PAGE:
Nova School of Business and Economics, CReAM, IZA, and NOVAFRICA
University of Michigan and NOVAFRICA
Working Paper No 2204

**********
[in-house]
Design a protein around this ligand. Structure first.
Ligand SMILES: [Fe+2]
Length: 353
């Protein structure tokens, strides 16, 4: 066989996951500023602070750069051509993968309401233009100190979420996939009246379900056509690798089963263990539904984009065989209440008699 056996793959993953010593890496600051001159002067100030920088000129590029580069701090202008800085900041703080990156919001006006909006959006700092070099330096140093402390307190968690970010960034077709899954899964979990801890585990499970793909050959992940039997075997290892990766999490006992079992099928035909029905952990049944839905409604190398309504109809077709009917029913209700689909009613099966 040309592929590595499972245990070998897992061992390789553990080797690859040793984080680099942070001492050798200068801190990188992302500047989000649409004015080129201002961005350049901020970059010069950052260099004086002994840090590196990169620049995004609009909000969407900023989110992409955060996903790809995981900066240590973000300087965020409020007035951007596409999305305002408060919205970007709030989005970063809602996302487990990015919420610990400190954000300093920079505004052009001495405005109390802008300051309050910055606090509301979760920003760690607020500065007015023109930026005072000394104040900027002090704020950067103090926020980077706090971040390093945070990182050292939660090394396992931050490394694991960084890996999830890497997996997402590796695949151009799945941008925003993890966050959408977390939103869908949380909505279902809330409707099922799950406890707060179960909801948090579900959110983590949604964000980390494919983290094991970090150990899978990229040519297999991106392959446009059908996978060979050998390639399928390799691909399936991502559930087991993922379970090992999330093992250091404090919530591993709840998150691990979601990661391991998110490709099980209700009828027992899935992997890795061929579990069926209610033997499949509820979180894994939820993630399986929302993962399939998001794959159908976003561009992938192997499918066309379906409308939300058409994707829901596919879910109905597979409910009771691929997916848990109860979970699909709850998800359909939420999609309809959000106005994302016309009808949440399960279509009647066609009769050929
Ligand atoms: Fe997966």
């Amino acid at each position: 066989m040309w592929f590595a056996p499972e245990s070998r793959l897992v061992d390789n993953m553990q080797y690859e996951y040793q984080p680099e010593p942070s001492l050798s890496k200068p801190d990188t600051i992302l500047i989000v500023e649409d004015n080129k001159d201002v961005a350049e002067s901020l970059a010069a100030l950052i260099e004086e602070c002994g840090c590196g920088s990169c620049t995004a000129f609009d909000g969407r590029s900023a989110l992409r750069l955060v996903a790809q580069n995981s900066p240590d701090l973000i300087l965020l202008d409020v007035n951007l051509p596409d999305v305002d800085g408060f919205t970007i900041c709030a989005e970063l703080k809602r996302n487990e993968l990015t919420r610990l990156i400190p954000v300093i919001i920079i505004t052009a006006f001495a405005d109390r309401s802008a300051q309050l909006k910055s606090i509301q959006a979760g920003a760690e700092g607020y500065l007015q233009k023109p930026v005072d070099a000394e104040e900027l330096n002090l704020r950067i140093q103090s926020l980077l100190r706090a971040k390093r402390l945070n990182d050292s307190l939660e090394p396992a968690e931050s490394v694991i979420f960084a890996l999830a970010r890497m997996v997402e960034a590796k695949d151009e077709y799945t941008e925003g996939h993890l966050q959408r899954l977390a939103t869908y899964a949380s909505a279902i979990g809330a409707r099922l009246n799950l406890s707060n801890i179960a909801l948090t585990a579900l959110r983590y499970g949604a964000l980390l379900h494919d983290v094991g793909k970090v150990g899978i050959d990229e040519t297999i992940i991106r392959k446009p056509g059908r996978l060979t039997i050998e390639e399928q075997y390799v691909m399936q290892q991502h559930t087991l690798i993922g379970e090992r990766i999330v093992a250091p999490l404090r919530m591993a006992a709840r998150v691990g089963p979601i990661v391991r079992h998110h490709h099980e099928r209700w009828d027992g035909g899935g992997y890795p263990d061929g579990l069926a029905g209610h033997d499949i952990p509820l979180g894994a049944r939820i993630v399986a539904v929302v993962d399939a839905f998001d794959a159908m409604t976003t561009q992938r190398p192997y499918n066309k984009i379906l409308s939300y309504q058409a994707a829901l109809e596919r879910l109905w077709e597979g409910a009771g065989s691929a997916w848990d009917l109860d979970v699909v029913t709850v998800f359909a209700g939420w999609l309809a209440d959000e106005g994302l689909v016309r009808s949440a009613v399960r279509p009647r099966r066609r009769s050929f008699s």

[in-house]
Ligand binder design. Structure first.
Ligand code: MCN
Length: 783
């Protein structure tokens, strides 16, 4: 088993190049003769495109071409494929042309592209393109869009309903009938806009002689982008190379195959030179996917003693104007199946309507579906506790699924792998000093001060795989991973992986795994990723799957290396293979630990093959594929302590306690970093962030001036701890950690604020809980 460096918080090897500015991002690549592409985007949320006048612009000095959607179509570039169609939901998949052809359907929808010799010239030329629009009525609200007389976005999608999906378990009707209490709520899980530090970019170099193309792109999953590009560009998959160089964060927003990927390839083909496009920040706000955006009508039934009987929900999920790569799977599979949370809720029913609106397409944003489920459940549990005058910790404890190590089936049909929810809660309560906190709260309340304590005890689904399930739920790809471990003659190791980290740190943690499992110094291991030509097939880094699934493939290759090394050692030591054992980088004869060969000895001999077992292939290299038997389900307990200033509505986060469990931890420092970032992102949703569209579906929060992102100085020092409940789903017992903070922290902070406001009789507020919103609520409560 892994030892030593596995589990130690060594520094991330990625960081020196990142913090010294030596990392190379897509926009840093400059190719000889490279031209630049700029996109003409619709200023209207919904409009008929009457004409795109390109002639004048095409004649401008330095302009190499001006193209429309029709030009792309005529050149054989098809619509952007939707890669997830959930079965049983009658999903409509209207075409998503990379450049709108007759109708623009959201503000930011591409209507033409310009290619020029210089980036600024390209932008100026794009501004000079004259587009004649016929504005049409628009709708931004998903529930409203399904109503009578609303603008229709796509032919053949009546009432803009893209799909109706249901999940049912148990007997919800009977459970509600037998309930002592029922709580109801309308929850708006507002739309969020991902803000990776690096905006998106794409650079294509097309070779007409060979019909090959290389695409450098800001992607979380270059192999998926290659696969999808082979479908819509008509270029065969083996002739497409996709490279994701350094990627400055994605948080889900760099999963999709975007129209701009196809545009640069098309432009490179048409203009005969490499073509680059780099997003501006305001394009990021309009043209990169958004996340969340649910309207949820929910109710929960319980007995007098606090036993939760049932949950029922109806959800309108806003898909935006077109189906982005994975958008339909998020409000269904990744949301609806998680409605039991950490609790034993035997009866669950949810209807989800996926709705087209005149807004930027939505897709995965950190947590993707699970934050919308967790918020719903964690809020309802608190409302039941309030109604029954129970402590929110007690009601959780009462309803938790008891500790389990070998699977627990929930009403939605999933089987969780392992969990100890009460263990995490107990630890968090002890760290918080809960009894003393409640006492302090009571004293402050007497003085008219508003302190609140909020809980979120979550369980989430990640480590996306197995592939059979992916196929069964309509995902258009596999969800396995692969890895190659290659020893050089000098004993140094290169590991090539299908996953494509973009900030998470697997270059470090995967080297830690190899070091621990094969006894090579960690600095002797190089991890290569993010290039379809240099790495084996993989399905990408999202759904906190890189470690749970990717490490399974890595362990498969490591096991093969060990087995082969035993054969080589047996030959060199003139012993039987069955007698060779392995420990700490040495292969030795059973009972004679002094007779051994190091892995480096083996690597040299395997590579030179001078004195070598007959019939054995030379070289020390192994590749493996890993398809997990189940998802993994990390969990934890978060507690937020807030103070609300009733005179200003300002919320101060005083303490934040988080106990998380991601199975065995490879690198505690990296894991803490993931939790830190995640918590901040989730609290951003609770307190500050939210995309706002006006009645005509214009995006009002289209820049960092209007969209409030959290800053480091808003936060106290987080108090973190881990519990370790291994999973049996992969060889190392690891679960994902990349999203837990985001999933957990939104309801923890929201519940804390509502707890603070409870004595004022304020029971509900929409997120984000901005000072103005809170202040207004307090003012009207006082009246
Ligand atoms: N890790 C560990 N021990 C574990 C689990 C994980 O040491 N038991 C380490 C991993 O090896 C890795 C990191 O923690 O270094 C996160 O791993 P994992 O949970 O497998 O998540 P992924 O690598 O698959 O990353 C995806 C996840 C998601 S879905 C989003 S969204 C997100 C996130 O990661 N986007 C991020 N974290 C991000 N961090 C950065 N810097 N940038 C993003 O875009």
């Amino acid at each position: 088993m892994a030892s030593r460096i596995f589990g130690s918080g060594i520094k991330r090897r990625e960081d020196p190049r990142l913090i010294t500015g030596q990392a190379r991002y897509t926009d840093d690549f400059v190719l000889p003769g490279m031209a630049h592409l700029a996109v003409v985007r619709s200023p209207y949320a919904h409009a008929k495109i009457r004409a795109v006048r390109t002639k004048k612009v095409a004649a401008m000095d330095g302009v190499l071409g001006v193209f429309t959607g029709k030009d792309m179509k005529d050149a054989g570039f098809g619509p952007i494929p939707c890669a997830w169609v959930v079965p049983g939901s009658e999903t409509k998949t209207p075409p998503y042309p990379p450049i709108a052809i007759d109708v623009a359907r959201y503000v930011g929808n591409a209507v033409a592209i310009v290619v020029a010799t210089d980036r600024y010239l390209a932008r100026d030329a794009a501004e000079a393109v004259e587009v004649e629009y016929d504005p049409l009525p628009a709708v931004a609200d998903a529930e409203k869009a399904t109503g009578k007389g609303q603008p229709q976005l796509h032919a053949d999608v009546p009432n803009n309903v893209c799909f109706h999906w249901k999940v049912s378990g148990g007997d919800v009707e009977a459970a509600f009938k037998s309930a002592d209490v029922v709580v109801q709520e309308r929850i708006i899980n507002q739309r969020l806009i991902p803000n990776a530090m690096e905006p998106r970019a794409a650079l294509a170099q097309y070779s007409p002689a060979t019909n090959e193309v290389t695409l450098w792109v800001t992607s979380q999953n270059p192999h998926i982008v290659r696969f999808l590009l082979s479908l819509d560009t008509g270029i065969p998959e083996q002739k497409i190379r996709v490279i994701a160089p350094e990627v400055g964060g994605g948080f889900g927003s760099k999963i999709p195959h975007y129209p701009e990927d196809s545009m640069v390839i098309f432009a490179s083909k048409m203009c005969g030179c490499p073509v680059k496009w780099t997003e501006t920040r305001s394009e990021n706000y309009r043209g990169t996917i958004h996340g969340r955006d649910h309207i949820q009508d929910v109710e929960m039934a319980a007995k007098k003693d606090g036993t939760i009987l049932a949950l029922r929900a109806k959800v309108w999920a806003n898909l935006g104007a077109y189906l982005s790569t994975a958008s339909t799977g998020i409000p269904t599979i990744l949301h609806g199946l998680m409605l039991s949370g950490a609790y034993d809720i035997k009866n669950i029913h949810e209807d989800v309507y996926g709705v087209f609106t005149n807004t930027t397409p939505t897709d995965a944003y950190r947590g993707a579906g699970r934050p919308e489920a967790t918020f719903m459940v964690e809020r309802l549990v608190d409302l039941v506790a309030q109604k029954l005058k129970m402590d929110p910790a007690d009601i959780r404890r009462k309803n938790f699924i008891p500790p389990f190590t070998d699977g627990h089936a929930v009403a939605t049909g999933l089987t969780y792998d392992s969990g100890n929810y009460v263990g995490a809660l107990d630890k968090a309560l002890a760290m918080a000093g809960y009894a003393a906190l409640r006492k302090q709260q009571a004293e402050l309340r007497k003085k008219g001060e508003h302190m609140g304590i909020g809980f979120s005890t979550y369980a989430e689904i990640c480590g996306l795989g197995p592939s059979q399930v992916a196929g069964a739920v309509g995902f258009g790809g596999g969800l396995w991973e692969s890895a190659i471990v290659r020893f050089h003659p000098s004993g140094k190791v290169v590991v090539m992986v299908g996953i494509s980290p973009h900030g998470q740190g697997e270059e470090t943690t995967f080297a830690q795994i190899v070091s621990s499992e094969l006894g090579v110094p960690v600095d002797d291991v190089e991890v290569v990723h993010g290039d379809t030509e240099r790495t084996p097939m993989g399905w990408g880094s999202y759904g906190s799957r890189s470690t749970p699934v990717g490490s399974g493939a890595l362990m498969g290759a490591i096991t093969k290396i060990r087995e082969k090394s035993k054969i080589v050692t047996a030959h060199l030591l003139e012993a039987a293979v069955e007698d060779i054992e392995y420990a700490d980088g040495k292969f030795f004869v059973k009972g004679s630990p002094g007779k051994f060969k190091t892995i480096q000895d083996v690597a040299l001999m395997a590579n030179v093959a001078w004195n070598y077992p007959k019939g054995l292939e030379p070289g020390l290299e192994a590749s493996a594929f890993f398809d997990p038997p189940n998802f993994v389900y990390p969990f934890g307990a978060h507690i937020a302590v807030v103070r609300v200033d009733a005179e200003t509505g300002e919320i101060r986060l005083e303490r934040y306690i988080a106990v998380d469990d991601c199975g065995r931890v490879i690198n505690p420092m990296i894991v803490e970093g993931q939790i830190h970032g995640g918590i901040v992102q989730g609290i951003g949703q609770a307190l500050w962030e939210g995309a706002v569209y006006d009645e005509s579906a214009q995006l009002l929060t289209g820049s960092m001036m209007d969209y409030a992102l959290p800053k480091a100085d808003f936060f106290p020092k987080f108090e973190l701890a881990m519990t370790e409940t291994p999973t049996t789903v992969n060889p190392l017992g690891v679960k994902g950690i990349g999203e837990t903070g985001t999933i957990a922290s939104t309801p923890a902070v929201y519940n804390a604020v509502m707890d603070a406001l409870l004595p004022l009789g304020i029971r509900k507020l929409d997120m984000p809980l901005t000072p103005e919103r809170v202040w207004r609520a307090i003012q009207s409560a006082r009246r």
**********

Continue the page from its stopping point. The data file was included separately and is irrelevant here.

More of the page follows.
Immigrant integration is an inherently stressful process that implies psychological challenges. To moderate the impact of the post-migration stressors, social support may play an important role. Using survey data on recently arrived Cape-Verdean migrants in the Lisbon Metropolitan Area, we analyse the role of both destination and home social networks on migrants’ mental health. We find that destination networks significantly reduce overall anxiety and female migrants’ emotional distress. However, larger home networks lead to an increase in overall anxiety and are associated with poorer mental health indicators for female migrants, who may be subject to larger pressure to send financial remittances back home. However, home networks have a positive effect in reducing male migrants’ emotional distress.
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